You’ve Stopped Substance Abuse: Now What Do You Do About Underlying Depression and Anxiety?

man Sitting at the window batteling Eating Disorders and Addiction

Winning the war your own body wages when you break free of substance abuse is not the only war you need to win in order to stay clean. Depression and anxiety are inevitable after effects of drug abuse that can have a strong impact on a person’s ability to recover. Relapsing into old habits can be easy to do if these triggers are not dealt with effectively.

Managing these side effects and the multiple layers of substance abuse recovery are essential for truly winning the war. Substance abuse is complex. A key reason many people become addicted is because of stressors in their life. These stressors, in the past, were so overwhelming that addressing the physical effects and psychological reasons behind them became imperative.

Because depression and anxiety can be frightening to someone in recovery, an important first step is to admit these feelings. Ignoring them and hoping they will go away only makes these underlying issues worse.

It is also important for recovering addicts to recognize the signs associated with depression and anxiety. Only then will they be able to learn how to identify the onset of these symptoms and subsequently manage the associated stress and emotions that follow. Stress is inevitable. It is a part of our everyday lives. Having a plan in place when an individual’s triggers are activated will help assist the individual in being proactive instead of exacerbating depression and anxiety triggers.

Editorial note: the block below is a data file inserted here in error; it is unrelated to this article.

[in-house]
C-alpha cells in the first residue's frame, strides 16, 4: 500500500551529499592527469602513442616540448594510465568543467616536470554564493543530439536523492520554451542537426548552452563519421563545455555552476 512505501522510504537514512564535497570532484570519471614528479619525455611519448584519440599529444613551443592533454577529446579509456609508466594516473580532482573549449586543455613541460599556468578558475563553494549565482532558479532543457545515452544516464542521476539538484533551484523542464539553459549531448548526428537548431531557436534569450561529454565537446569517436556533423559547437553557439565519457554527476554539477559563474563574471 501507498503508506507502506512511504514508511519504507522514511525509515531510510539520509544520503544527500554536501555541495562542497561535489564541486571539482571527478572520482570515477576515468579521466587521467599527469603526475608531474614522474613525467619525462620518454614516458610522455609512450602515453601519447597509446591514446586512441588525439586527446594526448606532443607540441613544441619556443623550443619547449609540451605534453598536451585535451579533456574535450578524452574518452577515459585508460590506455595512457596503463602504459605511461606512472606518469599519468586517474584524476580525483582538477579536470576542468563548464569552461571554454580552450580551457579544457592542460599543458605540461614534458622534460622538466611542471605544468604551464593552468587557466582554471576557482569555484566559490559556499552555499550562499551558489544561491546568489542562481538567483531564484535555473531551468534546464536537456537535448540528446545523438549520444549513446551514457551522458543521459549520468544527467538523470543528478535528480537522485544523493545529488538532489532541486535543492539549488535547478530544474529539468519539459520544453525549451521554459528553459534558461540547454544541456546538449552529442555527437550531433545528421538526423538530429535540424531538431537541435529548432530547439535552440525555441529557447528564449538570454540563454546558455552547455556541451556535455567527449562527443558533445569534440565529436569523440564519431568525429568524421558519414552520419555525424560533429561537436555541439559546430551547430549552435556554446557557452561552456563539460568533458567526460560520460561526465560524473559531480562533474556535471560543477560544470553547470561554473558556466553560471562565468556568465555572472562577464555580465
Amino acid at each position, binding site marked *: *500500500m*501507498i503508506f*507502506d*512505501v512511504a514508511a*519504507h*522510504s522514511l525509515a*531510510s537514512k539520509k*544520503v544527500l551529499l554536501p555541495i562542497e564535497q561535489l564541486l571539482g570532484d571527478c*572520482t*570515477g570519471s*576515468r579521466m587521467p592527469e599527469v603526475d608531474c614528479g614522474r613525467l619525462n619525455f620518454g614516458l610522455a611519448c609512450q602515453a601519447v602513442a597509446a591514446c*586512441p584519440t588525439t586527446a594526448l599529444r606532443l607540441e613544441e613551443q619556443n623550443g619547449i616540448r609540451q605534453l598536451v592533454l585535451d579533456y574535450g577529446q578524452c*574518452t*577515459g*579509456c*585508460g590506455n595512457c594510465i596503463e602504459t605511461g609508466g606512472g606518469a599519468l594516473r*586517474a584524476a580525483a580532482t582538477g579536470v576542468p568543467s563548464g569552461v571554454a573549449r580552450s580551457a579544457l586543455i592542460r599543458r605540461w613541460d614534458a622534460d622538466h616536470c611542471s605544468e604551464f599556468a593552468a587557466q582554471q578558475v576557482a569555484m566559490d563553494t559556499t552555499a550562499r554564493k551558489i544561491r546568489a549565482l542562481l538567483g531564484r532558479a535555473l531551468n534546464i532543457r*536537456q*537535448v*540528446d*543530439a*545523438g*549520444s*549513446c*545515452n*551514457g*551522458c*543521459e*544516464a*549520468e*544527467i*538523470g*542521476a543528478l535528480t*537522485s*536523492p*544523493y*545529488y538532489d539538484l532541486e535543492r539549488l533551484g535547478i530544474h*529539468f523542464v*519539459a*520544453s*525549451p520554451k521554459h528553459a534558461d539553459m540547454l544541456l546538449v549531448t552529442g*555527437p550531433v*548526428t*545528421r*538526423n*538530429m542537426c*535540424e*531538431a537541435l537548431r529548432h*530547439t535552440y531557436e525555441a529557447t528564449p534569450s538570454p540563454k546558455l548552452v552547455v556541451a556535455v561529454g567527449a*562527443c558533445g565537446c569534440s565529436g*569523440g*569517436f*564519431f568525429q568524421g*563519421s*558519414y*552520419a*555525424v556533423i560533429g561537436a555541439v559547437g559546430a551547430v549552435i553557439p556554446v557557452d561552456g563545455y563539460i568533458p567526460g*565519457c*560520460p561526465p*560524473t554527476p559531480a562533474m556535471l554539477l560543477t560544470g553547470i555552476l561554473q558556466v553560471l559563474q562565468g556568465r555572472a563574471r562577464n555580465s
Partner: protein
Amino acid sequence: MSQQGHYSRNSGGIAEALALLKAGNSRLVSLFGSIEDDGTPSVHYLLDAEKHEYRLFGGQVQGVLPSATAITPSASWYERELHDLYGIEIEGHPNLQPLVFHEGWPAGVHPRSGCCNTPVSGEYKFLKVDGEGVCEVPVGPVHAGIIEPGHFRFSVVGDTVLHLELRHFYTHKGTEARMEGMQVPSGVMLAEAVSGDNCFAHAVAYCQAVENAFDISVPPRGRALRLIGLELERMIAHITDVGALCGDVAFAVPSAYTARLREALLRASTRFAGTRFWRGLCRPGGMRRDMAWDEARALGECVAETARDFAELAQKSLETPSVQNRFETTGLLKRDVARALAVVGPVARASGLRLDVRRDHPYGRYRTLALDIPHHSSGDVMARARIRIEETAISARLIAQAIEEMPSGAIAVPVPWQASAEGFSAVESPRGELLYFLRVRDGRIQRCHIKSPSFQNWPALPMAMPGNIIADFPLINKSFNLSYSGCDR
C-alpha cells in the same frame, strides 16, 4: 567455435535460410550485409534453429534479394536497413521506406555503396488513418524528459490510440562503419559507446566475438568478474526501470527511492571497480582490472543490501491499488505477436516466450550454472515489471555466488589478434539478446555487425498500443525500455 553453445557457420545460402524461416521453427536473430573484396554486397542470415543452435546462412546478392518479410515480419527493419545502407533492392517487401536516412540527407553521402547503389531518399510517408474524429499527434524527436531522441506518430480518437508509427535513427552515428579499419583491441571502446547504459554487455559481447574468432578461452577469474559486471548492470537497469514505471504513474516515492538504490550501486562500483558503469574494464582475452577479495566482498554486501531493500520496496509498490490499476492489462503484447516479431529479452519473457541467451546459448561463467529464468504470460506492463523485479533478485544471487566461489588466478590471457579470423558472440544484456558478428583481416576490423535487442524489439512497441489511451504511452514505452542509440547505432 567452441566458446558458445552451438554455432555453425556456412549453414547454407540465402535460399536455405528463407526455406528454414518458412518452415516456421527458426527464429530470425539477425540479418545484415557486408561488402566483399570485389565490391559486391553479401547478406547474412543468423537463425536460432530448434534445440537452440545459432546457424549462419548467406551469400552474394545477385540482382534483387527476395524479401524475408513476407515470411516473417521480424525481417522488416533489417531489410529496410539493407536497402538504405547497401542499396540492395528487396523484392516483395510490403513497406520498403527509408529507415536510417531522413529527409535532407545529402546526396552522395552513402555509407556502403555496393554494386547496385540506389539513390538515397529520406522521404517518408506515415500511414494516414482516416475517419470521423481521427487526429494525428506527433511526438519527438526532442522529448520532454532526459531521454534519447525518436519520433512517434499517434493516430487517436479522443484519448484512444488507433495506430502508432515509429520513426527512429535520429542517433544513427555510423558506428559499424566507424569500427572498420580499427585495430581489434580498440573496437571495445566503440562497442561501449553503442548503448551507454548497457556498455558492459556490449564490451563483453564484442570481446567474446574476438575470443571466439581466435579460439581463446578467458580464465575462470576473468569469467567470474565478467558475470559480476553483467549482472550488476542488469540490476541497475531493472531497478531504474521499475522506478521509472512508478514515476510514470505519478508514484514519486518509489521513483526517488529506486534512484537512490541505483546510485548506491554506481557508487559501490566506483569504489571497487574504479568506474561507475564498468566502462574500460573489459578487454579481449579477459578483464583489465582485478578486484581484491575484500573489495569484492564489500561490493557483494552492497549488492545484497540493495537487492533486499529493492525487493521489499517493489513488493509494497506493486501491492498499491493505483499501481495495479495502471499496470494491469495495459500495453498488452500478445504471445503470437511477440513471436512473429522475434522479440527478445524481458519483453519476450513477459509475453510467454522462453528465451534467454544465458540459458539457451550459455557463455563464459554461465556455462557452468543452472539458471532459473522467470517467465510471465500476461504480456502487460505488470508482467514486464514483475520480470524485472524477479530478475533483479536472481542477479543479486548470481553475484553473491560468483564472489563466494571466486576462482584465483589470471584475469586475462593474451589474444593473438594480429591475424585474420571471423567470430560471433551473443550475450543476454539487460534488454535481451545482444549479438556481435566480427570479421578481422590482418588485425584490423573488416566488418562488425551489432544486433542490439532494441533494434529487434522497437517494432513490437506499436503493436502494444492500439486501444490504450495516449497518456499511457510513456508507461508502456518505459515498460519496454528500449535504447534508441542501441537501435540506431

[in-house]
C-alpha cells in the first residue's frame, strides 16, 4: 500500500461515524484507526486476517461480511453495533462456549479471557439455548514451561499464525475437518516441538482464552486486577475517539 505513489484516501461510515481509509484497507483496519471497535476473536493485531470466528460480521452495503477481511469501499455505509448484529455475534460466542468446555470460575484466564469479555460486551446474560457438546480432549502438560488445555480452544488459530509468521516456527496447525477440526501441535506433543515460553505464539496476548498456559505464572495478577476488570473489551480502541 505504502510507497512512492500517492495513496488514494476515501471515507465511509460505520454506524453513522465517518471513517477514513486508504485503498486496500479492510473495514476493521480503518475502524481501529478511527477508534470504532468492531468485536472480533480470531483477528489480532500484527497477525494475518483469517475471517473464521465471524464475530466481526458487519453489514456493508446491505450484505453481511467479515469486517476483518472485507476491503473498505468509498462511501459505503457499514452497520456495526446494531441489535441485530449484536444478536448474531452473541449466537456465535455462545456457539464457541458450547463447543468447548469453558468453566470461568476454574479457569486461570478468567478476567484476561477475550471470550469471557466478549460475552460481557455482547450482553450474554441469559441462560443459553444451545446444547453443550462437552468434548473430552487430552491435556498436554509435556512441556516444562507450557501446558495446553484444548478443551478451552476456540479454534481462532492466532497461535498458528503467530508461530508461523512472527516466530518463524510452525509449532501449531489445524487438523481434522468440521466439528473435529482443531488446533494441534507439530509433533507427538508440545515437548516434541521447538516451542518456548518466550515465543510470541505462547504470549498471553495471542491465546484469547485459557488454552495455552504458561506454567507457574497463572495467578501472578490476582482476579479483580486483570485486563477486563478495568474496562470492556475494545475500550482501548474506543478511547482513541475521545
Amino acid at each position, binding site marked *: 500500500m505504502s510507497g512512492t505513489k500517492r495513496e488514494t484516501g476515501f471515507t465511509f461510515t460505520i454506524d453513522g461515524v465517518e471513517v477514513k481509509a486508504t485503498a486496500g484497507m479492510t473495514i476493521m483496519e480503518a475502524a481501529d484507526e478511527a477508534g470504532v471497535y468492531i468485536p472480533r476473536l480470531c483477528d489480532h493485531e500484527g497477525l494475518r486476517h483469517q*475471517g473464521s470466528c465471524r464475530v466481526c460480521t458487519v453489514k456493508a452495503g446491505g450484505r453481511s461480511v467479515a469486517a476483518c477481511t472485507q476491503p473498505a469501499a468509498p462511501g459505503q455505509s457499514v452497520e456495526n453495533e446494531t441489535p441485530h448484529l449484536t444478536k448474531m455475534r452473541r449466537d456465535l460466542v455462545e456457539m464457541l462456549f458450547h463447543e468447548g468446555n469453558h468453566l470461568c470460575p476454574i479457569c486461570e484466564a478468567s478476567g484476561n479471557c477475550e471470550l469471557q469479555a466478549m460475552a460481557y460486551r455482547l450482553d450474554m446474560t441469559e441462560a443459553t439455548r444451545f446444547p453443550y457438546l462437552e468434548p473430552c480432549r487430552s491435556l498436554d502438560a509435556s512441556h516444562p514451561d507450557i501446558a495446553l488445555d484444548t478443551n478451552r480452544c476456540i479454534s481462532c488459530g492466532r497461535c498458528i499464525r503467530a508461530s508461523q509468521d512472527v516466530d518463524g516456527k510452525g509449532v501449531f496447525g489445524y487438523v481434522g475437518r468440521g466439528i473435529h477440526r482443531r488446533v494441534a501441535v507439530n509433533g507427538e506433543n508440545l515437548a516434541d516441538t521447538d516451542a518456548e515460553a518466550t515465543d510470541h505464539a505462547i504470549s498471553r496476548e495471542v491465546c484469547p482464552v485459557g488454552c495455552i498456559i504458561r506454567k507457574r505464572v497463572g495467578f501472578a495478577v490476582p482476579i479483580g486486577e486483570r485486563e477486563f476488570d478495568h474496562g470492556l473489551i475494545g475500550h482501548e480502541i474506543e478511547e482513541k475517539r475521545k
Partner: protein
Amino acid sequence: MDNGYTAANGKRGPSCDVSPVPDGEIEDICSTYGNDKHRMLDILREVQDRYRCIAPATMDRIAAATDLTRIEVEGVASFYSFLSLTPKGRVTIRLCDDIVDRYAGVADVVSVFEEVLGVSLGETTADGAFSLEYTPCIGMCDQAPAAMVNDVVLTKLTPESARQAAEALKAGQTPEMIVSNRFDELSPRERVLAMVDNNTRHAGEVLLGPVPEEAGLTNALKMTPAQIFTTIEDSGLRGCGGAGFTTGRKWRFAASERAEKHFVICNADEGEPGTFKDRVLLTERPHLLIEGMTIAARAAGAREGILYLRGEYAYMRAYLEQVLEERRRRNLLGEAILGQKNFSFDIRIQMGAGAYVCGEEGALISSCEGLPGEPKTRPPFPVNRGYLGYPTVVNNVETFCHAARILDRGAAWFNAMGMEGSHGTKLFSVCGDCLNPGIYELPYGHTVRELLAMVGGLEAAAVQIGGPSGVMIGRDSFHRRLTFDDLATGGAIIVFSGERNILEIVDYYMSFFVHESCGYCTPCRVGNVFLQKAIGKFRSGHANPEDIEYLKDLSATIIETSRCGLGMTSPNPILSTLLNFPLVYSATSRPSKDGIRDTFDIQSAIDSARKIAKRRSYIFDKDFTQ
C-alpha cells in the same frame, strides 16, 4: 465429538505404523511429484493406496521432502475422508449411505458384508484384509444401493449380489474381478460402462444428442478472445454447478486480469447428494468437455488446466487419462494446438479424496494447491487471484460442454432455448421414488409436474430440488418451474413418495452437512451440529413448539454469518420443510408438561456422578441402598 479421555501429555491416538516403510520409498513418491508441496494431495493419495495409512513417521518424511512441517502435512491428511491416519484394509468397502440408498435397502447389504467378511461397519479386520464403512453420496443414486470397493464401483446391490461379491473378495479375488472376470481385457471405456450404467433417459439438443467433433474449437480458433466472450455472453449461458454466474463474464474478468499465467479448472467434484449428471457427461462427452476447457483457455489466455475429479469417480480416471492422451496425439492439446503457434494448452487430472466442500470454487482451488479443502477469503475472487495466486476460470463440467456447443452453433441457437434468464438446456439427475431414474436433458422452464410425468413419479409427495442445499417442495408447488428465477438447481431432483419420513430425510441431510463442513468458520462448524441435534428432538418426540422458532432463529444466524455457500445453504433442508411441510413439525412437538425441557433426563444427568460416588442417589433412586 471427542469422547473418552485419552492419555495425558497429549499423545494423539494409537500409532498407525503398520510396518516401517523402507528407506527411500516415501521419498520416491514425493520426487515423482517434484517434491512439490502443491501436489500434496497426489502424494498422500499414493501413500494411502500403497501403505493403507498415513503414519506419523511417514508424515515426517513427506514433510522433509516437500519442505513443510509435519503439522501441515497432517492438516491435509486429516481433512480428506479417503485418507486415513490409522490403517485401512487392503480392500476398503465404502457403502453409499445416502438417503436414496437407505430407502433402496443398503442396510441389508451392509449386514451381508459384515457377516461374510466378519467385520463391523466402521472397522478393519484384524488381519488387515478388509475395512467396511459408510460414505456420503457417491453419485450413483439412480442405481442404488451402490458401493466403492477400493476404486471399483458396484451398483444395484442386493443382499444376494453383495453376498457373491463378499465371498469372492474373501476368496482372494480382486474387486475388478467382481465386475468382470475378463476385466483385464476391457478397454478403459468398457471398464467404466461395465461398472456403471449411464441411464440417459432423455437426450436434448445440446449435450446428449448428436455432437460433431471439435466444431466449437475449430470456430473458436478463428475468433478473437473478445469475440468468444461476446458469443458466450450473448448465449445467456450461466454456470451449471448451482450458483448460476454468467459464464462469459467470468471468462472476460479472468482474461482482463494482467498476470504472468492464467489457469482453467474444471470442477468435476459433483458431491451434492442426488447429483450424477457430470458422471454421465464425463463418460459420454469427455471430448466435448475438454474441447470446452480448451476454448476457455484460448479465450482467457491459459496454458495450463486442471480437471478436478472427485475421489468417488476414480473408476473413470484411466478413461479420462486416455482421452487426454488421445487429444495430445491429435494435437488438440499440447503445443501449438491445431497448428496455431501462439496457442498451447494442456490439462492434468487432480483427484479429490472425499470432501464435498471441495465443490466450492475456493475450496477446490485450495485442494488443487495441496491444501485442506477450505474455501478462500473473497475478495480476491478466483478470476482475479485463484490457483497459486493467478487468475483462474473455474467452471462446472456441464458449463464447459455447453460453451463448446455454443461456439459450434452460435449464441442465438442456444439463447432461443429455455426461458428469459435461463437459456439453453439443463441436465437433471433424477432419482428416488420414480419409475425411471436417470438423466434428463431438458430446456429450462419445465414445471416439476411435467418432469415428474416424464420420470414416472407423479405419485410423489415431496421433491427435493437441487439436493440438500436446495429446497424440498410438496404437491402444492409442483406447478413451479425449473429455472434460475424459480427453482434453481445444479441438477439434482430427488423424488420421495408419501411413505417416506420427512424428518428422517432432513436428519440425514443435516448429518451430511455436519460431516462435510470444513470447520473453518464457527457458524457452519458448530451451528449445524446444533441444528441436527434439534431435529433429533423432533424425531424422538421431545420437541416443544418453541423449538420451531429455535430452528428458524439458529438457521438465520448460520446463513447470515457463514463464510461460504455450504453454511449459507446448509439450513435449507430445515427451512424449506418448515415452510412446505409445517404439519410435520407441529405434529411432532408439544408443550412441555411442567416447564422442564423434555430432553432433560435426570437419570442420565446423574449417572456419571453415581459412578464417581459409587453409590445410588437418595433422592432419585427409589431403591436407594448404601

Making conscious, healthy lifestyle choices is another way to elevate one’s mood and keep their body and mind in a state of wellness. This is very important. Activities such as meditation and relaxation, a healthy diet, regular exercise and adequate sleep are all tools that can help reduce the signs of depression and anxiety.

Experts also agree that group support is essential because it can offer an important foundation, providing a safe community where individuals can discuss the challenges they are facing. Understanding that these feelings will present themselves along one’s path of recovery, and knowing that they are perfectly normal, is one part of this battle. Making sure an individual has the support they need, and a plan in place for dealing with those emotions when they present themselves, will help see them through.